After more than a year of not being able to play together due to the restrictions caused by the Covid-19 pandemic, we are really pleased to be together again. We have recorded a concert to be streamed as part of York Early Music Festival Online which can be viewed from 16 July, and are busy rehearsing for our first ‘live’ concert on 2021 at Benslow Music on 13 July. Please see our Concerts page for full details.
Both programmes investigate the same idea: collections of music made by Elizabethan copyists where music by native composers rubs shoulders with pieces by their continental counterparts; composers who either learned their skills abroad and came to work in England (like the Flemish Philip Van Wilder and the Italian Alfonso Ferrabosco) or whose music came to England in manuscript or printed copies and was clearly loved by Elizabethan viol players. The York programme focusses on music for five players, while the Benslow one uses six, so there are different pieces in each programme.
It is all too easy to think of Tudor England as an isolated island state, frequently under threat of attack from enemies on the continent of Europe. Henry VIII was alternately at war with France or seeking alliances with the French against the Holy Roman Empire. Elizabeth I’s almost constant fear of invasion by Catholic forces became reality with the appearance of the Spanish Armada in her coastal waters. So it is also easy to think of Tudor culture as being separated from that of its neighbours, ploughing its own furrow, oblivious of ideas from abroad. Yet London in the sixteenth century was one of Europe’s greatest trading centres, with merchants and craftsmen from all over the world establishing businesses or visiting to sell the latest goods from home. The cosmopolitan atmosphere was reflected in the arts: painters and sculptors from Italy and Germany worked at court; manuscript books of hours and music anthologies arrived from France and the Low Countries; exquisitely decorated armour came from Germany and expensive leather goods from Spain.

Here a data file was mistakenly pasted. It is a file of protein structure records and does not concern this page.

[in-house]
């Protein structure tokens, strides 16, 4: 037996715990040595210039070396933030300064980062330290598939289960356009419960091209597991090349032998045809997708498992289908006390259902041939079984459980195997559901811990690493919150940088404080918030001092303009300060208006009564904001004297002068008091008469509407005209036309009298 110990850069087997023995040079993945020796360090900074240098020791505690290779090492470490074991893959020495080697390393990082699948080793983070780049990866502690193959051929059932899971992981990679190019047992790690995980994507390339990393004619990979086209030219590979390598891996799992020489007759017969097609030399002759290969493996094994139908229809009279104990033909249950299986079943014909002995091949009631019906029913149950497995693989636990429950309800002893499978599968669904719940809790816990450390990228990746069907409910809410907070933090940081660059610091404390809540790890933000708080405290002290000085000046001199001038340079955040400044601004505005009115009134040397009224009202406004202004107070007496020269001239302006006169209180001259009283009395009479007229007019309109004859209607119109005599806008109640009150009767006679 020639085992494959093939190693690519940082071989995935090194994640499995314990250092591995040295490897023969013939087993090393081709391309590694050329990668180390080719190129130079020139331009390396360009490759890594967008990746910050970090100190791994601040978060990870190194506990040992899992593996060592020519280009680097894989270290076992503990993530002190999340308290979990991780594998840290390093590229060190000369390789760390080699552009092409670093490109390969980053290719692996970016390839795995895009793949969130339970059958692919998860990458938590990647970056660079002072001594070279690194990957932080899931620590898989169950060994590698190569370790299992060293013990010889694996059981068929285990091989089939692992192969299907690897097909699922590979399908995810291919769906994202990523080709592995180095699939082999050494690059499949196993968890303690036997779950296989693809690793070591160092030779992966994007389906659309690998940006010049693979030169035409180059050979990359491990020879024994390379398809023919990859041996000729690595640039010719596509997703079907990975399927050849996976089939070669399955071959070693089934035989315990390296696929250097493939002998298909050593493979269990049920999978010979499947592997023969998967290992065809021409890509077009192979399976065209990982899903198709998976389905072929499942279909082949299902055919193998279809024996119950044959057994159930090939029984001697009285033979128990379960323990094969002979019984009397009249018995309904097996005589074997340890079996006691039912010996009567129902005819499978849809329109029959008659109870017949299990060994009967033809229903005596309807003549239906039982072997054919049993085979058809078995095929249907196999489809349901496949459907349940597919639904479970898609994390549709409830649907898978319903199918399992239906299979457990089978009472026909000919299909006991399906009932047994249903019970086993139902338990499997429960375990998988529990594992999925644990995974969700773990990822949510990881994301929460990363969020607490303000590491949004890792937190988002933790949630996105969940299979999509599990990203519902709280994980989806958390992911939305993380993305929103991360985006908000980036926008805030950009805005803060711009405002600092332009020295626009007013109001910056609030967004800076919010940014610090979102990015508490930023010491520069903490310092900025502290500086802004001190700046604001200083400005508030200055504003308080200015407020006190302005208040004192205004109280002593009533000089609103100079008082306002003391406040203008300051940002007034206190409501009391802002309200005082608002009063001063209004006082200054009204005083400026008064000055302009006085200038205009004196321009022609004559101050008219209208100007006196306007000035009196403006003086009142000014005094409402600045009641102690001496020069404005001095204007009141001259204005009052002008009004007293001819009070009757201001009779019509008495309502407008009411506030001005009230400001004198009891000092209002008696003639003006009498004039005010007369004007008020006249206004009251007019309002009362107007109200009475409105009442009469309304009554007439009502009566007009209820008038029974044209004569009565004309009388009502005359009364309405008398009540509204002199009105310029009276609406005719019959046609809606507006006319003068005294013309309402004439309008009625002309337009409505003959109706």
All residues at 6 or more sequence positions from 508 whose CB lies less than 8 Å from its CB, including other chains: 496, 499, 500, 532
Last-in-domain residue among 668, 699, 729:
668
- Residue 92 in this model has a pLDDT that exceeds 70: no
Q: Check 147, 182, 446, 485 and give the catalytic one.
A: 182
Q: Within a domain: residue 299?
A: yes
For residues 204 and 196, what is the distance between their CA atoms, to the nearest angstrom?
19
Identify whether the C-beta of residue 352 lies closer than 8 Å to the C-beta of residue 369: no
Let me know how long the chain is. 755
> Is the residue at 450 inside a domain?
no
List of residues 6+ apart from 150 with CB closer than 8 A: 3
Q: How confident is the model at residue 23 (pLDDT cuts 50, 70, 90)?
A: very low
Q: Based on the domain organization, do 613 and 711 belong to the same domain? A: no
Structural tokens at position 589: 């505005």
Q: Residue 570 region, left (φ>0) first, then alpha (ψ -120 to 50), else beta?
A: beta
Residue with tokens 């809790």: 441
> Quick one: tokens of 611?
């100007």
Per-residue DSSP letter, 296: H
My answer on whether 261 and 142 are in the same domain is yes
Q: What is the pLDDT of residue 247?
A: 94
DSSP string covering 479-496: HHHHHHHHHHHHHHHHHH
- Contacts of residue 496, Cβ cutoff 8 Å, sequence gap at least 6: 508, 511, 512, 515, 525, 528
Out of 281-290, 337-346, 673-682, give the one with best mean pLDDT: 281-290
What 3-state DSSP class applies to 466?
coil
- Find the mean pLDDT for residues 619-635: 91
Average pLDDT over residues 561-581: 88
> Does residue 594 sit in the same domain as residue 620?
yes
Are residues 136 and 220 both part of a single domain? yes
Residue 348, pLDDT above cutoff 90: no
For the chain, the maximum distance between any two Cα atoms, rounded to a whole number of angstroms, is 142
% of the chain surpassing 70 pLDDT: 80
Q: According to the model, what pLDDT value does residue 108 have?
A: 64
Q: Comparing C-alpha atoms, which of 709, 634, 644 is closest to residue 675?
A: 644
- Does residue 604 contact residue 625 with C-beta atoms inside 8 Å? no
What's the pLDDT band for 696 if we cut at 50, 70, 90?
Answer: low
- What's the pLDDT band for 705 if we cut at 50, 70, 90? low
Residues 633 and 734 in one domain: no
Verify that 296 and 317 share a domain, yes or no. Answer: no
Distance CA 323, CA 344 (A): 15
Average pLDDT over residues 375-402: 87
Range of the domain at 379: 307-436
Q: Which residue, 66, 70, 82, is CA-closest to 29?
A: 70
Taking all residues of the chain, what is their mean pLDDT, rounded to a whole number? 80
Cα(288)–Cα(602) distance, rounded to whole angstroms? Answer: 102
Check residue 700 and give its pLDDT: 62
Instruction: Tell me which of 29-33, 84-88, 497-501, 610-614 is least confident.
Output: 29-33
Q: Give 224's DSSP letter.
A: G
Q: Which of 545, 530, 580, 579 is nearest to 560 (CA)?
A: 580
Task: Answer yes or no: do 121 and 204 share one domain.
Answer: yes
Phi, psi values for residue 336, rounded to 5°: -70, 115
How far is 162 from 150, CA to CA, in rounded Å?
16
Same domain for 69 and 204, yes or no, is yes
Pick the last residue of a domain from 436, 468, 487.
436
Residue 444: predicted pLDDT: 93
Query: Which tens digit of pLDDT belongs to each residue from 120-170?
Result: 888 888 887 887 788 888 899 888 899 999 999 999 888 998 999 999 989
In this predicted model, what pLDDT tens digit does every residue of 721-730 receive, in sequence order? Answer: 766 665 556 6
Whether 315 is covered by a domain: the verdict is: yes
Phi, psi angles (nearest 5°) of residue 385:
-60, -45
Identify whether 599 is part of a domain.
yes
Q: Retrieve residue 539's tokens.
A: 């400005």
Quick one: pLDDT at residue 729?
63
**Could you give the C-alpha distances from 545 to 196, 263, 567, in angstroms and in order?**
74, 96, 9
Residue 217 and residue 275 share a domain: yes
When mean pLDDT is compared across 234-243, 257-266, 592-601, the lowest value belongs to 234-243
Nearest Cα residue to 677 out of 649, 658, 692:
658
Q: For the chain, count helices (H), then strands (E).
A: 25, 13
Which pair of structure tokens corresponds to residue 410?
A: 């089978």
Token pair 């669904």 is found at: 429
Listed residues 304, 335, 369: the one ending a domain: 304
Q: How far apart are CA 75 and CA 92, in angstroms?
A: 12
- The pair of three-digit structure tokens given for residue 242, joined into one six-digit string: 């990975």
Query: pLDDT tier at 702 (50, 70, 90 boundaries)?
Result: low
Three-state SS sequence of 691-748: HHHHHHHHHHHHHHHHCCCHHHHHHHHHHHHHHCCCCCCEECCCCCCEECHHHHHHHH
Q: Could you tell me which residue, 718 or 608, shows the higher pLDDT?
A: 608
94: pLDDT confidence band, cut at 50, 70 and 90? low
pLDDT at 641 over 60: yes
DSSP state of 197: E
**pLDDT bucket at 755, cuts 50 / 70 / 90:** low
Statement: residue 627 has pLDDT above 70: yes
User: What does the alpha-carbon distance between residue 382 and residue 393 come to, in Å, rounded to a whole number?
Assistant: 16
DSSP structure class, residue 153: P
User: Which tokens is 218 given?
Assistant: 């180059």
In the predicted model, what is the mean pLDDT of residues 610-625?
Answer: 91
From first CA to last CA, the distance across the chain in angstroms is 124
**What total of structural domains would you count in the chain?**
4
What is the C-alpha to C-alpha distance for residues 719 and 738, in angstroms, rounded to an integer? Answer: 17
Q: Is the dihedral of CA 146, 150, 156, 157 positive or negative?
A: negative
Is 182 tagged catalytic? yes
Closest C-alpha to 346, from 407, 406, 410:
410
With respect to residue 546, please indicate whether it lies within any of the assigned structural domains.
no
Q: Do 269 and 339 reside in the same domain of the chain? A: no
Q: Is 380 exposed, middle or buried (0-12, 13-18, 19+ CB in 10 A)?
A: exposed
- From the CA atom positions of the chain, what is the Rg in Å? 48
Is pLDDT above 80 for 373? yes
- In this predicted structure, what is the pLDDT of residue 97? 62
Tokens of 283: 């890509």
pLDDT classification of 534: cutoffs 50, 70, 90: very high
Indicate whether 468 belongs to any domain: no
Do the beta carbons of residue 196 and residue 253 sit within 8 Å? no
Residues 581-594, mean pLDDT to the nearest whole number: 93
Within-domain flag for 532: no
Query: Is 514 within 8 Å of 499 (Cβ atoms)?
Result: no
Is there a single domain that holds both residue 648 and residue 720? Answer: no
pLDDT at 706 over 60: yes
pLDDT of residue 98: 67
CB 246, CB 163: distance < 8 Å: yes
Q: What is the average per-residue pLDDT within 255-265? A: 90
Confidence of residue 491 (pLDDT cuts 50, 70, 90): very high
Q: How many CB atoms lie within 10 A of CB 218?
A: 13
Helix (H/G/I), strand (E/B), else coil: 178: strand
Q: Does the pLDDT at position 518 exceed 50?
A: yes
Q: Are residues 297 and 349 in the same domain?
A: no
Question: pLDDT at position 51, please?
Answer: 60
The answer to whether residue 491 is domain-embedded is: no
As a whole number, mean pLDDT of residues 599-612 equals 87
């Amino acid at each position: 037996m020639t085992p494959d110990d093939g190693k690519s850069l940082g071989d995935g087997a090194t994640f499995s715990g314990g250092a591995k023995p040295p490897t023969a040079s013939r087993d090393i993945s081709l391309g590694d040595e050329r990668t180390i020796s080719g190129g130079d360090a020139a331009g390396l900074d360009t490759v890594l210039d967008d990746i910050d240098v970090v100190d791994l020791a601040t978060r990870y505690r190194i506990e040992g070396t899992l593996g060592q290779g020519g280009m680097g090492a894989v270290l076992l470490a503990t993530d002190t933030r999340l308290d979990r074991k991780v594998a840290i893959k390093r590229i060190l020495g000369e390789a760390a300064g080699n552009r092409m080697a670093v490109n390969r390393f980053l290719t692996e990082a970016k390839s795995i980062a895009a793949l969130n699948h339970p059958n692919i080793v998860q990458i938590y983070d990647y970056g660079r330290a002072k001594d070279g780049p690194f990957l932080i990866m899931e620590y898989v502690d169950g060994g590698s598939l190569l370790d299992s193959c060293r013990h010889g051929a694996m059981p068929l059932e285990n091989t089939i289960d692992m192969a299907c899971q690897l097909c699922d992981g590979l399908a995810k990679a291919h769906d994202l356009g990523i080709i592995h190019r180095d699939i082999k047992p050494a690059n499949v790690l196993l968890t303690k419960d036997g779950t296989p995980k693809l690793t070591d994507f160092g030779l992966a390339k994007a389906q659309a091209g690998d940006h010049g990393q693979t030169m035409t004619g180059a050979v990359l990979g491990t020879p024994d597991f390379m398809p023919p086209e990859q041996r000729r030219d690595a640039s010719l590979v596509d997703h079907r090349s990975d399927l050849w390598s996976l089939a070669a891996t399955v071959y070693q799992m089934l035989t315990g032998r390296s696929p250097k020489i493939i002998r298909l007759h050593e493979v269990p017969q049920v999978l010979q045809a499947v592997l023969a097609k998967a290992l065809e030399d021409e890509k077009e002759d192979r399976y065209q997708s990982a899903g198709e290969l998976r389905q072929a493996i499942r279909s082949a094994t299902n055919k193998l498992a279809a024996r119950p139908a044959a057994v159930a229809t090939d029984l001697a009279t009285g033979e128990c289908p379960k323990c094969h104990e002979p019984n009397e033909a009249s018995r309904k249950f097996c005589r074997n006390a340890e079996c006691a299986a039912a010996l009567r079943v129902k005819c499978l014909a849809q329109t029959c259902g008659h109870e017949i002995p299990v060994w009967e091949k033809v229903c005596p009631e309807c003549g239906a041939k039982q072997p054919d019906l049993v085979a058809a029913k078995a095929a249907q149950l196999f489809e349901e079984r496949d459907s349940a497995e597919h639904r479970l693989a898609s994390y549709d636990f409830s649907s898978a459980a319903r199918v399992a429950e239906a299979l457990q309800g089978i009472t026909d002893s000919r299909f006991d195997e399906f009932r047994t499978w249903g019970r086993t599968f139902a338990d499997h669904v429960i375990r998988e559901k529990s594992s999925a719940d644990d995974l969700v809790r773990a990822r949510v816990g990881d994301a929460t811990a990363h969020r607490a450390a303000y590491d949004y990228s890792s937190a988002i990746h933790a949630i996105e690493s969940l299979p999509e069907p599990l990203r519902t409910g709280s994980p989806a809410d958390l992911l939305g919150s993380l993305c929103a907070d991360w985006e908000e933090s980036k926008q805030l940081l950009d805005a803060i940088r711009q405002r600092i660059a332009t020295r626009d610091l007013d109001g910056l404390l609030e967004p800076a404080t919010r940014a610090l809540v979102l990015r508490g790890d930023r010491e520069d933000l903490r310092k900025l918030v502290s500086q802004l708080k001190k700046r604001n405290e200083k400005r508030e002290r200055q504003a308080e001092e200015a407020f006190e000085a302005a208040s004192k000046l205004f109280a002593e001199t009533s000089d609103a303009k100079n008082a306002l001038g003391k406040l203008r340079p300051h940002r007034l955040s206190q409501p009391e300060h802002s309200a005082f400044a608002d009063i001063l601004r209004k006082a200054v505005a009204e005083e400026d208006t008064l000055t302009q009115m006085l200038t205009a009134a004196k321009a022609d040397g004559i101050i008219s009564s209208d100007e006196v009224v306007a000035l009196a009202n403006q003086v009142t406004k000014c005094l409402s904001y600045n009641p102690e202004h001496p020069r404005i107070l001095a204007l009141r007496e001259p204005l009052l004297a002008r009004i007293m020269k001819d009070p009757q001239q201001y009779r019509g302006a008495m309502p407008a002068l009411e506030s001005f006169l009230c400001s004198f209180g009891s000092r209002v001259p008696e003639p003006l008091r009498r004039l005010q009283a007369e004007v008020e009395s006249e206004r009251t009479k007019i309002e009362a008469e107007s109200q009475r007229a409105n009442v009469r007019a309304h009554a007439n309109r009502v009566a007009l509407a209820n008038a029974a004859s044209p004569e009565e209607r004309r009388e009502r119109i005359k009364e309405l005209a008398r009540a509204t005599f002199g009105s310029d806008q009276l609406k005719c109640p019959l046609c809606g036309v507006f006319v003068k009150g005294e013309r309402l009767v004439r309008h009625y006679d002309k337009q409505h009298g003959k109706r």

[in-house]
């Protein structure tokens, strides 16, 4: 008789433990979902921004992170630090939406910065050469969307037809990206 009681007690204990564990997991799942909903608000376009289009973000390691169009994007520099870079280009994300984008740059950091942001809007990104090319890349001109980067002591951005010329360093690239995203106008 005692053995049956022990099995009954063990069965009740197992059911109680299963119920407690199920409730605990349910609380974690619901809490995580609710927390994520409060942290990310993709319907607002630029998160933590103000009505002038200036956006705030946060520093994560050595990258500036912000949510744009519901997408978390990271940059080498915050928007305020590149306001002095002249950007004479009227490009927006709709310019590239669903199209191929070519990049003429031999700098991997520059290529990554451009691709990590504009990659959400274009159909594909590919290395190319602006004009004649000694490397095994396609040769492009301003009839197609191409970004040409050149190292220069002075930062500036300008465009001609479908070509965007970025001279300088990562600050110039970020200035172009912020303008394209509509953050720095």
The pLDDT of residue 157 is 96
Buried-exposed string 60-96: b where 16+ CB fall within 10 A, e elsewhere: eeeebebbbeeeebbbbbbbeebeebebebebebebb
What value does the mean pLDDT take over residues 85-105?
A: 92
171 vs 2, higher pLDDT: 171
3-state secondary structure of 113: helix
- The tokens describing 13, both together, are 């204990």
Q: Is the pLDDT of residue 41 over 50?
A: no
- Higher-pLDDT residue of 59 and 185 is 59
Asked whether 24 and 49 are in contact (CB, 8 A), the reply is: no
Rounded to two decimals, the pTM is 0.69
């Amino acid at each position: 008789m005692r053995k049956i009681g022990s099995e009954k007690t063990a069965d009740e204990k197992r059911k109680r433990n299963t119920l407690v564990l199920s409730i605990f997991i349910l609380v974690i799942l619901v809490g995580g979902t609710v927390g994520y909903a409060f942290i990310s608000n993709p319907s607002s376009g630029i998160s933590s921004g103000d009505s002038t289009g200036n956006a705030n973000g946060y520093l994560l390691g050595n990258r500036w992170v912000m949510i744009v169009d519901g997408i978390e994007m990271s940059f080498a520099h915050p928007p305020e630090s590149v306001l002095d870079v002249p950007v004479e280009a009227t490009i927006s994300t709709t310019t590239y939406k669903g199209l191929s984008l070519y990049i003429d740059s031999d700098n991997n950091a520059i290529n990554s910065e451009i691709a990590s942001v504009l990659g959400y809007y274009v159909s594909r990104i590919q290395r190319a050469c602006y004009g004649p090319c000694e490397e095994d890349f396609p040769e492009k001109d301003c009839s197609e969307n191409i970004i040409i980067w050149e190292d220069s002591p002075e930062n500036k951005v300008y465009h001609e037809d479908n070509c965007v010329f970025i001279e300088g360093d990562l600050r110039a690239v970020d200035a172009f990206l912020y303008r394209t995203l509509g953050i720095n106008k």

Among the manuscript sources we have trawled for music for these programmes is a wonderful collection copied in ‘table book’ format, now to be found at the British Library. This is designed so that the players place the book in the middle of a table and sit around it with the appropriate part facing them. It’s a very economical way of using paper, and there’s no danger of one part getting lost in transit, which can be the case when the music is transcribed into a set of separate parts, one for each instrument. But this was the format chosen by the Oxford music collector Robert Dow for his beautifully written set of part-books, now at Christ Church College Library, Oxford.
These, and other Elizabethan anthologies, contain a wealth of varied music from continental Europe: Italian madrigals, French chansons, Latin motets and some pieces that were designed for instruments, such as Vincenzo Ruffo’s La Gamba, published in Milan in 1564. Many of the vocal pieces were copied without their texts, so make ideal material for a consort of viols: we will be including pieces by Gombert, Lassus, Clemens non Papa, Verdelot and Maillard, alongside music by their English contemporaries Taverner, Tye, Tallis, Parsons and Byrd.
What a wonderful way for us to get back to playing together!